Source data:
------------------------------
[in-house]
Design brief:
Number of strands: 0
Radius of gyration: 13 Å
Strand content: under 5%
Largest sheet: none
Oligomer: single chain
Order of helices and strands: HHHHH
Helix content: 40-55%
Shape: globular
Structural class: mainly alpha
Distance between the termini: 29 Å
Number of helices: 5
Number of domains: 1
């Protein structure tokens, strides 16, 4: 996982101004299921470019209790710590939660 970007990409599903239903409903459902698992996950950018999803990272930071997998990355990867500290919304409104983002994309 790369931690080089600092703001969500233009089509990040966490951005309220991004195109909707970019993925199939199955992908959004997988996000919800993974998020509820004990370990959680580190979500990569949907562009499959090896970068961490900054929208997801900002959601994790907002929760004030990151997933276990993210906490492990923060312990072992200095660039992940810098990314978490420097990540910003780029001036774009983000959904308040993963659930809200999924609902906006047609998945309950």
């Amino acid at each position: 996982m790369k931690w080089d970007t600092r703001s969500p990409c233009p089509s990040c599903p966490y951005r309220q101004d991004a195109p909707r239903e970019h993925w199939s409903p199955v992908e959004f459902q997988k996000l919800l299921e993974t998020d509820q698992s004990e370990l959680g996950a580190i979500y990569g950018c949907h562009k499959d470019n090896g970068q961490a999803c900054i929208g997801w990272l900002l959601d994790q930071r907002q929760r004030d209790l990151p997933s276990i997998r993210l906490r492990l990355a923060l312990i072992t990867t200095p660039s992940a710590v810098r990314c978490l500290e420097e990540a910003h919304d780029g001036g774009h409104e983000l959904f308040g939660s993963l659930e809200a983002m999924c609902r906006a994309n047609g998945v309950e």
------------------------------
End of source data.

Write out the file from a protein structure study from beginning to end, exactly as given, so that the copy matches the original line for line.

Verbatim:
[in-house]
Design brief:
Number of strands: 0
Radius of gyration: 13 Å
Strand content: under 5%
Largest sheet: none
Oligomer: single chain
Order of helices and strands: HHHHH
Helix content: 40-55%
Shape: globular
Structural class: mainly alpha
Distance between the termini: 29 Å
Number of helices: 5
Number of domains: 1
């Protein structure tokens, strides 16, 4: 996982101004299921470019209790710590939660 970007990409599903239903409903459902698992996950950018999803990272930071997998990355990867500290919304409104983002994309 790369931690080089600092703001969500233009089509990040966490951005309220991004195109909707970019993925199939199955992908959004997988996000919800993974998020509820004990370990959680580190979500990569949907562009499959090896970068961490900054929208997801900002959601994790907002929760004030990151997933276990993210906490492990923060312990072992200095660039992940810098990314978490420097990540910003780029001036774009983000959904308040993963659930809200999924609902906006047609998945309950």
């Amino acid at each position: 996982m790369k931690w080089d970007t600092r703001s969500p990409c233009p089509s990040c599903p966490y951005r309220q101004d991004a195109p909707r239903e970019h993925w199939s409903p199955v992908e959004f459902q997988k996000l919800l299921e993974t998020d509820q698992s004990e370990l959680g996950a580190i979500y990569g950018c949907h562009k499959d470019n090896g970068q961490a999803c900054i929208g997801w990272l900002l959601d994790q930071r907002q929760r004030d209790l990151p997933s276990i997998r993210l906490r492990l990355a923060l312990i072992t990867t200095p660039s992940a710590v810098r990314c978490l500290e420097e990540a910003h919304d780029g001036g774009h409104e983000l959904f308040g939660s993963l659930e809200a983002m999924c609902r906006a994309n047609g998945v309950e």